A packed early 1960's scene

By Andy Gilbert

I spotted this print of an old postcard hanging in Barwell's solicitors a few days ago. I haven't seen this image before and I thank them for letting me re-photograph it to share it here. It's a packed photo and this view from the River Wall has been snapped many time over the years. From the shipping in the river, we can very safely date this to the very early 1960's, so let's go from left to right.

Discharging her cargo of aggregates at the old Coal Wharf is the suction dredger Ron Woolaway. She was one of a pair of dredgers registered in Barnstaple, Devon, her sister ship being the Stan Woolaway. Just one week into her career, on 18th June 1960, she capsized near Flat Holm in the Bristol Channel. She was towed, upside down, by Stan Woolaway and some Cardiff-based tugs, to Penarth, where she was righted and repaired. To cure the stability problems, blisters called sponsons were fitted either side of the hull. She ran from Newhaven for many years.

Tucked up by the bridge is the dredger AA Raymond, still undergoing her diesel engine conversion work. Immediately next to her is the famous 'sheerlegs' crane.

In the foreground is the motor yacht Dawn Approach. I often wonder if she ever left these moorings here at the West Quay, for I certainly never saw her move! I'm told that she was  owned by a famous surgeon from Guy's Hospital, in London, who had a house in Seaford. I'm also told that she was one of the 'little ships' of Dunkirk fame, but I can't say for sure if that's true. Does anyone know? Edit: I'm now very reliably informed that she does not appear on the register of 'little' ships from the Dunkirk evacuation, so that myth, as they say on the TV show, is busted.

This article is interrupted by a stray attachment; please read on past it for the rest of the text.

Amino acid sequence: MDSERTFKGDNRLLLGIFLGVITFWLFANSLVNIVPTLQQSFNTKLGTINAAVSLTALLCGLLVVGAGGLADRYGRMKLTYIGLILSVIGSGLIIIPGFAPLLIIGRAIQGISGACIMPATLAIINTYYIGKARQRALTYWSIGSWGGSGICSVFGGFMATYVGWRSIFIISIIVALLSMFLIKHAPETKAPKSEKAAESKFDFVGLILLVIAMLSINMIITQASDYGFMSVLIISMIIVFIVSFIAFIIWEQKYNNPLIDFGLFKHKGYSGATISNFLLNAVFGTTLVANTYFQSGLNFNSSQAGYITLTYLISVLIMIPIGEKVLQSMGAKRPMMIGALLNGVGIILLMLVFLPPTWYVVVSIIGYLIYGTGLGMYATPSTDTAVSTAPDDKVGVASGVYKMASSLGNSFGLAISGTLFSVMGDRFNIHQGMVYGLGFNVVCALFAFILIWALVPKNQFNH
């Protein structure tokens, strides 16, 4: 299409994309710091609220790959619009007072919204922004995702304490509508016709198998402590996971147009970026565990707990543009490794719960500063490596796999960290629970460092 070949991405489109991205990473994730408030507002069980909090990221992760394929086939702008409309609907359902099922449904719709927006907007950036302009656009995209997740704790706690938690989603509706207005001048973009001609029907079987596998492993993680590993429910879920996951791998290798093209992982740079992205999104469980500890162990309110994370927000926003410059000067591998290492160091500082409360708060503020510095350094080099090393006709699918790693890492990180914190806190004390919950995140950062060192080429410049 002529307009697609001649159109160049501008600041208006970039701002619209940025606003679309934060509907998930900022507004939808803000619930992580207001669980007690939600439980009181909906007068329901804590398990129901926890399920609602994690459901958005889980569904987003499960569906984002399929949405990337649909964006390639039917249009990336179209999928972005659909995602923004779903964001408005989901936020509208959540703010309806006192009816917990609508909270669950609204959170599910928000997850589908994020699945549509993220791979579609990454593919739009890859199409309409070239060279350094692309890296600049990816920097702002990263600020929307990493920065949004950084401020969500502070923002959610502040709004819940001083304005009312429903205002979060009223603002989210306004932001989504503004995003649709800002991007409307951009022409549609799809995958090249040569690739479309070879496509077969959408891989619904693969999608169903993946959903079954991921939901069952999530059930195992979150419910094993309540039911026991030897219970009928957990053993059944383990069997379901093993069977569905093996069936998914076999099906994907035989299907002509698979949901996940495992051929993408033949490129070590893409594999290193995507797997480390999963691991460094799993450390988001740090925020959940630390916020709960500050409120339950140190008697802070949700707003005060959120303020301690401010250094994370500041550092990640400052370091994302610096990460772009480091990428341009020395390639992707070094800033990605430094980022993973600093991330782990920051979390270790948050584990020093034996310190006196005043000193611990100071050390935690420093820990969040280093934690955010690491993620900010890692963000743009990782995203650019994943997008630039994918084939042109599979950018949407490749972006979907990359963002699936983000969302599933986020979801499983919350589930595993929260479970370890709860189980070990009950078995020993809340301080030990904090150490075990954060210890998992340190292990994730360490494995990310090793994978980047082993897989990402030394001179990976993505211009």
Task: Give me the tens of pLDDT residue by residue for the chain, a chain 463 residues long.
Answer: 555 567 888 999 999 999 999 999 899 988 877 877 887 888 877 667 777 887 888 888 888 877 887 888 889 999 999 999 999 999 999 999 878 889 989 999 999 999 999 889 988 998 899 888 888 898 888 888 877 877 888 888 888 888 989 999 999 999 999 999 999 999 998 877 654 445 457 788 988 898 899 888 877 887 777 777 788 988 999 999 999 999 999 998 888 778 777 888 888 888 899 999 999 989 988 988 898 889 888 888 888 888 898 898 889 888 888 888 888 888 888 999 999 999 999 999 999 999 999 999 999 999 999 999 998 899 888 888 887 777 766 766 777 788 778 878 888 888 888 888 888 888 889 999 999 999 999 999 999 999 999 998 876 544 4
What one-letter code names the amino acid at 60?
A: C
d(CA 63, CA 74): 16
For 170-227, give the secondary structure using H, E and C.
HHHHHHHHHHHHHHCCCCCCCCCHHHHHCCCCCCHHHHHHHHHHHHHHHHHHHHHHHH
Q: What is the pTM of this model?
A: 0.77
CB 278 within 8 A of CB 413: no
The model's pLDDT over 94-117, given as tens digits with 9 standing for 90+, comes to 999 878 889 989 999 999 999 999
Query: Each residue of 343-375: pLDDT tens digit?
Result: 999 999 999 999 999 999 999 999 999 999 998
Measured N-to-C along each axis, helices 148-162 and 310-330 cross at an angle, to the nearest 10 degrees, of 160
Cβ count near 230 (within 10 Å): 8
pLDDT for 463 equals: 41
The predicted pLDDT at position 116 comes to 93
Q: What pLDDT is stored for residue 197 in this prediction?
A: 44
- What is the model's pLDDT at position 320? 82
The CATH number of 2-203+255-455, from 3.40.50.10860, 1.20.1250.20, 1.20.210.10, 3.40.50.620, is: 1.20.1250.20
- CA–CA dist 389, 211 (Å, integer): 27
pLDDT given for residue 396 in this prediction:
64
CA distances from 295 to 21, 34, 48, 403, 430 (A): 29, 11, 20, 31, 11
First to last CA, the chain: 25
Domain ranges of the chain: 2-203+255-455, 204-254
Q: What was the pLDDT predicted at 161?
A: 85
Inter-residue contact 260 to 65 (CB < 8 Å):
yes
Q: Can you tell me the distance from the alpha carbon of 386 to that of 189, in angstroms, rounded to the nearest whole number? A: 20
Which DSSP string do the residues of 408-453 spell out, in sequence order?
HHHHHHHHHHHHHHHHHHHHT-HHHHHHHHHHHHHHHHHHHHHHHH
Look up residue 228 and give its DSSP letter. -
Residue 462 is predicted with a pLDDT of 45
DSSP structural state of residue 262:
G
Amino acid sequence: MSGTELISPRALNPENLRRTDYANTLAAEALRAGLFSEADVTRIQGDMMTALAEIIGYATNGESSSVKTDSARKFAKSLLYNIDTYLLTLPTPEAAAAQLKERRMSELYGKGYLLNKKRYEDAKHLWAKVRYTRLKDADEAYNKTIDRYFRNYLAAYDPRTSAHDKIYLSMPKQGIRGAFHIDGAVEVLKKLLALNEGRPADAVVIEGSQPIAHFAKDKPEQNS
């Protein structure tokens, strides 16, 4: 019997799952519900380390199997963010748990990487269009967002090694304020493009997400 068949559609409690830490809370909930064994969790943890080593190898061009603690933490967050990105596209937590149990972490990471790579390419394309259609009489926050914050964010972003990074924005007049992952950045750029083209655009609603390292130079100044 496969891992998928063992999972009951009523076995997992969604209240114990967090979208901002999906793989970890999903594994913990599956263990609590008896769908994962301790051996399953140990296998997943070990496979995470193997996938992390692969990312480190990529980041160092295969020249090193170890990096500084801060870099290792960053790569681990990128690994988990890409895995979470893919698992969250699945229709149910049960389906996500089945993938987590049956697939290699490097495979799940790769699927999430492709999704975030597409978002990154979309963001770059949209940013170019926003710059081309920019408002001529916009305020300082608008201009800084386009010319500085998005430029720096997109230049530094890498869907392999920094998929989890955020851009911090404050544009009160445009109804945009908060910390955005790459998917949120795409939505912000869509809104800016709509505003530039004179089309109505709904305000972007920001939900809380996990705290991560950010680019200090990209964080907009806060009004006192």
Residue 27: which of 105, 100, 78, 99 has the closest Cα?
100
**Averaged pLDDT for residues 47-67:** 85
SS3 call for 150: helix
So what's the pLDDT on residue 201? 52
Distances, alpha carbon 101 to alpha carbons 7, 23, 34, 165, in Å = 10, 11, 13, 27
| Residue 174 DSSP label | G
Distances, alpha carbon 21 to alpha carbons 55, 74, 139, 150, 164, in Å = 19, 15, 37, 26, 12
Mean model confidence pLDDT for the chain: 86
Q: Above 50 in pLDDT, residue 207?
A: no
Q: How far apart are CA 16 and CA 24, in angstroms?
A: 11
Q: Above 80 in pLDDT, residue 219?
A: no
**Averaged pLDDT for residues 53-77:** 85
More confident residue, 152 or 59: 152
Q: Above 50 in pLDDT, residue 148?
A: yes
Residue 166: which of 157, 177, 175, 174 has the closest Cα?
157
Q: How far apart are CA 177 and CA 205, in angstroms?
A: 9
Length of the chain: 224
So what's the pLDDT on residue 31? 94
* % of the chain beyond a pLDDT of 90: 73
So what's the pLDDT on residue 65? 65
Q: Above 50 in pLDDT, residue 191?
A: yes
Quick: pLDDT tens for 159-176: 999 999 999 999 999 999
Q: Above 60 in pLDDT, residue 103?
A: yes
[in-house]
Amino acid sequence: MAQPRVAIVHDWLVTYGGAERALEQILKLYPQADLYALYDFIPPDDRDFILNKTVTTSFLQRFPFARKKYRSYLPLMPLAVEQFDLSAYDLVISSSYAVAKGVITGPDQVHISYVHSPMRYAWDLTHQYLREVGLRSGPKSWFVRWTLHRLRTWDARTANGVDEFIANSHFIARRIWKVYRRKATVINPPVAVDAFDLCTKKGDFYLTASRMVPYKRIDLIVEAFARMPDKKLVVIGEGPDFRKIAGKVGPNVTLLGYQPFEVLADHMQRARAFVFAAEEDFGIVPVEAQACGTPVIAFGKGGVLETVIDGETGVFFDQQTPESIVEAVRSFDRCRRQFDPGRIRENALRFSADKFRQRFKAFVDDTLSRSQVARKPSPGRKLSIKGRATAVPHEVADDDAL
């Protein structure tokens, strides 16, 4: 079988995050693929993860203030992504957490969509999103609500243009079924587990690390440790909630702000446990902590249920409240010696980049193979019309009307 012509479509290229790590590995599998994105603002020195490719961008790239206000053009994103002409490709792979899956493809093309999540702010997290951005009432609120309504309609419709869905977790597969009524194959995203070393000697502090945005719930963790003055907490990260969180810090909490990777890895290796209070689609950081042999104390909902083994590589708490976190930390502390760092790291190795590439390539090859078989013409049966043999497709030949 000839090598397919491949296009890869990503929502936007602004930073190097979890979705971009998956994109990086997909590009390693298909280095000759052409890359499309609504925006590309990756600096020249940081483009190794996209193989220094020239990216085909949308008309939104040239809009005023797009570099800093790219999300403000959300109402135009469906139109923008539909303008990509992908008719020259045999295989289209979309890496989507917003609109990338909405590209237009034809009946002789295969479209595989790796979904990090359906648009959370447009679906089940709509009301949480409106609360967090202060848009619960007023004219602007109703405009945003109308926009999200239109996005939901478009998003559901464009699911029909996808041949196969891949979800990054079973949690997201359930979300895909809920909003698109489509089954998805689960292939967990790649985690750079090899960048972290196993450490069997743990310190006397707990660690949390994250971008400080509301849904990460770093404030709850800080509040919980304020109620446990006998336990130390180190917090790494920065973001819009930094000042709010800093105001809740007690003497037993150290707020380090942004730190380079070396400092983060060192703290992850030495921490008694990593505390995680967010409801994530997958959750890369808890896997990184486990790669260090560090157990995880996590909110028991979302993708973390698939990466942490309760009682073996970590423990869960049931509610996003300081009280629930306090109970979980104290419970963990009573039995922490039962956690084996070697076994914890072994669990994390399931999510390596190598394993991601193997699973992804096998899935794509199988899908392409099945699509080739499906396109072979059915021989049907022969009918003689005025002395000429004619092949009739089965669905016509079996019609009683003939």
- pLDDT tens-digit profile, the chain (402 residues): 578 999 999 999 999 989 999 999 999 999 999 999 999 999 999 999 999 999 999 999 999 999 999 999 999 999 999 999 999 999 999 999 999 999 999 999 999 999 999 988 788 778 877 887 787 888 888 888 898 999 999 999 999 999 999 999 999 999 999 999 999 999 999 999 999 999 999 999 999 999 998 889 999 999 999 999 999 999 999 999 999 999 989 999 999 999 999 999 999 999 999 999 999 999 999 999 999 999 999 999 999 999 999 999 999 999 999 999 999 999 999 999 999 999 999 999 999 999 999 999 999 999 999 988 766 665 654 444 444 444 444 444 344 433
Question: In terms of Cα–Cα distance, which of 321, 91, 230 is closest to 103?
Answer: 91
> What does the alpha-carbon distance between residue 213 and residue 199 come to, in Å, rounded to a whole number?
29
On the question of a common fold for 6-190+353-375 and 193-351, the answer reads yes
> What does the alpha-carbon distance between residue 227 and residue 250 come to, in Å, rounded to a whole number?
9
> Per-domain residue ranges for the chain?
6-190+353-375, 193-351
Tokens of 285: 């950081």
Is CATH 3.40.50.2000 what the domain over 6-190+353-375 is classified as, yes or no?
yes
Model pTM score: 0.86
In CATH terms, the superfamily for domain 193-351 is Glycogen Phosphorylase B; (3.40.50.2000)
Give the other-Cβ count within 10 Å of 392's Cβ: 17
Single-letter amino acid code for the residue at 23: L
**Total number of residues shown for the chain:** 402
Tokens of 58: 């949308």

Getting up steam in the background is the cross channel steamer Londres. She's obviously been on the gridiron for her winter refit and spruce-up, just look at the immaculate paintwork along the waterline at the bows - it won't stay like that for long!

Finally, moving upriver in between Londres and the collection of moored yachts is one of the RAF 'crash boats'. This is one of the larger types stationed here. Her number is obscured but it's likely to be one of the regulars, like 2757 and 2758.

Photo:A 1960's view from the River Wall

A 1960's view from the River Wall

With kind permission of Barwell's solicitors.

This page was added by Andy Gilbert on 11/07/2008.
Comments about this page

The owner of the Dawn Approach when this picture was taken was indeed a eminent retired surgeon from Guys Hospital, Dr Firth. The Dawn Approach is a traditional wooden sailing ship built in Scotland in 1921 and is a superb example from the halcyon days of sail. A gaff rigged ketch, 80 feet in length and weighs approximately 100 tonnes, when aboard you find yourself in a unique world of gently curving beams, gleaming teak and polished brass.
As of last year she was being chartered from the port of Fuengirola on the Costa del Sol, in Spain. A far cry from her days of being almost permanently moored alongside of stage 11 in Newhaven!

By John Hills
On 15/07/2008

Your photo and comments bring back many happy memories, for I served as Master and Mate for many a year onboard the good ship " Ron Woolaway ". Bringing in six cargoes a week, weather permitting. I often wonder how some of the lads that we used to socialize with are getting on just now.

By michael Simmons
On 18/12/2009

If you're already a registered user of this site, please login using the form on the left-hand side of this page.